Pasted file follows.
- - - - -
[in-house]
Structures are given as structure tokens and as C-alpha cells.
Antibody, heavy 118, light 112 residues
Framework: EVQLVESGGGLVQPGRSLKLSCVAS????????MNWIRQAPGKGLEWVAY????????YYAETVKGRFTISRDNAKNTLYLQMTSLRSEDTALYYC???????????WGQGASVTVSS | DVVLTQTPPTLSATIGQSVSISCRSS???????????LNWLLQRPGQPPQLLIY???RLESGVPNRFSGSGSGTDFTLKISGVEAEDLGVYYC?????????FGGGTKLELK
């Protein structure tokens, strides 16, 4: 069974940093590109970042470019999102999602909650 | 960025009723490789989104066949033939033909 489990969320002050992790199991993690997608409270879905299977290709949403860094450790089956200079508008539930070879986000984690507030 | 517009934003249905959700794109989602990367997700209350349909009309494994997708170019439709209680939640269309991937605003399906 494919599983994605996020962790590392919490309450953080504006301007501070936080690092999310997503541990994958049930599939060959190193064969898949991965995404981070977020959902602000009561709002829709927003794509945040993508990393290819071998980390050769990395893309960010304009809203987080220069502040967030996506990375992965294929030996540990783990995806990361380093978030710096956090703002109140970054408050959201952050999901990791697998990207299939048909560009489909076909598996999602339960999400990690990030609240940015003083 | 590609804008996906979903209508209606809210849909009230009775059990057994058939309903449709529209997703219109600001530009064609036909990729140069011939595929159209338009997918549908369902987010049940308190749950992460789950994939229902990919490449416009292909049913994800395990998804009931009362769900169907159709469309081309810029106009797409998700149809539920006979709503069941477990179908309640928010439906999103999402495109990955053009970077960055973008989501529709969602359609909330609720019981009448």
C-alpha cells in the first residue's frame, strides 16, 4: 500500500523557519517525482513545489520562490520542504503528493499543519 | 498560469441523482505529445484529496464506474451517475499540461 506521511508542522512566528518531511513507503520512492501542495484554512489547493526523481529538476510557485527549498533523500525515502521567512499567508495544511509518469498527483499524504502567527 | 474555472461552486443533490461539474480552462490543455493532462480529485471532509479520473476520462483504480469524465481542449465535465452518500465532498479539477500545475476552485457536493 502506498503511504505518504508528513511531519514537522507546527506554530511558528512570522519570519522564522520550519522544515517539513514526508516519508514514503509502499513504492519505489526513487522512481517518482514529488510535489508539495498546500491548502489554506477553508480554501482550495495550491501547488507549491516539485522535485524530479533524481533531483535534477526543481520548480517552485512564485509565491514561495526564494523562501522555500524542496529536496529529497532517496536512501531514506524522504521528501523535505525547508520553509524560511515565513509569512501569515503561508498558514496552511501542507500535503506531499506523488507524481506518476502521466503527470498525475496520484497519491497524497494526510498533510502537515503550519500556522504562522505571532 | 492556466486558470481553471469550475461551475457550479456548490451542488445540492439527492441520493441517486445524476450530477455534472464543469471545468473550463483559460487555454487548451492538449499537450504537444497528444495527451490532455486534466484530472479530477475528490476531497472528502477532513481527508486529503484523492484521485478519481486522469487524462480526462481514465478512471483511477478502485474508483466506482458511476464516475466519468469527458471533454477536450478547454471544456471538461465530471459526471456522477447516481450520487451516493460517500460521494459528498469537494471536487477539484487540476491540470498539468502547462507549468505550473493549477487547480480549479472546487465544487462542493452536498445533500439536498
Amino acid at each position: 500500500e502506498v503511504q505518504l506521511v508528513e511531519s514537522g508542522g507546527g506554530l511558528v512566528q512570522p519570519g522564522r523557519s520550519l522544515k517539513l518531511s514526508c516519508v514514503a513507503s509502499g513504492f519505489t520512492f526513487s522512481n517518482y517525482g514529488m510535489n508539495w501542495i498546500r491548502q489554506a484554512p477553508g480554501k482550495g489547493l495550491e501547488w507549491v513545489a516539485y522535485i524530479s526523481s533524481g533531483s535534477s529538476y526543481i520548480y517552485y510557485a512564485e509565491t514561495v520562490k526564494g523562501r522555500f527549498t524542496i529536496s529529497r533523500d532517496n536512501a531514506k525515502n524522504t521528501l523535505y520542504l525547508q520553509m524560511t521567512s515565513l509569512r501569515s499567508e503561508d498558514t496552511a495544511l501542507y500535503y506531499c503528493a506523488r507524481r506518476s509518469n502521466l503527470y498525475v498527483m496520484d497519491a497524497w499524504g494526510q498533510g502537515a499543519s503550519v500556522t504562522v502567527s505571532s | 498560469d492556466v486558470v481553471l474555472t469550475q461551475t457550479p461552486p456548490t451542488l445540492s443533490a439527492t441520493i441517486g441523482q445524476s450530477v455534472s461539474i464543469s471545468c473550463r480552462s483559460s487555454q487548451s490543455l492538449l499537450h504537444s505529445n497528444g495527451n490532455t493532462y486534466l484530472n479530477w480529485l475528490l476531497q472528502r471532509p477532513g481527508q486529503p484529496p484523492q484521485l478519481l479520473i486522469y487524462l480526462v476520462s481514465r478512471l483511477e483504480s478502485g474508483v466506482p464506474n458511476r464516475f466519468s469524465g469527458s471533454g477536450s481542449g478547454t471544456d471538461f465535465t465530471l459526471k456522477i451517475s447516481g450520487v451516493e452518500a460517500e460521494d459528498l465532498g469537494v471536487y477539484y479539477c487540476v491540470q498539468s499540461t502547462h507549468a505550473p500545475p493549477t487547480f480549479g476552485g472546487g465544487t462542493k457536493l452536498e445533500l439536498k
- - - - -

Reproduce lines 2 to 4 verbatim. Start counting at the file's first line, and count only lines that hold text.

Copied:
Structures are given as structure tokens and as C-alpha cells.
Antibody, heavy 118, light 112 residues
Framework: EVQLVESGGGLVQPGRSLKLSCVAS????????MNWIRQAPGKGLEWVAY????????YYAETVKGRFTISRDNAKNTLYLQMTSLRSEDTALYYC???????????WGQGASVTVSS | DVVLTQTPPTLSATIGQSVSISCRSS???????????LNWLLQRPGQPPQLLIY???RLESGVPNRFSGSGSGTDFTLKISGVEAEDLGVYYC?????????FGGGTKLELK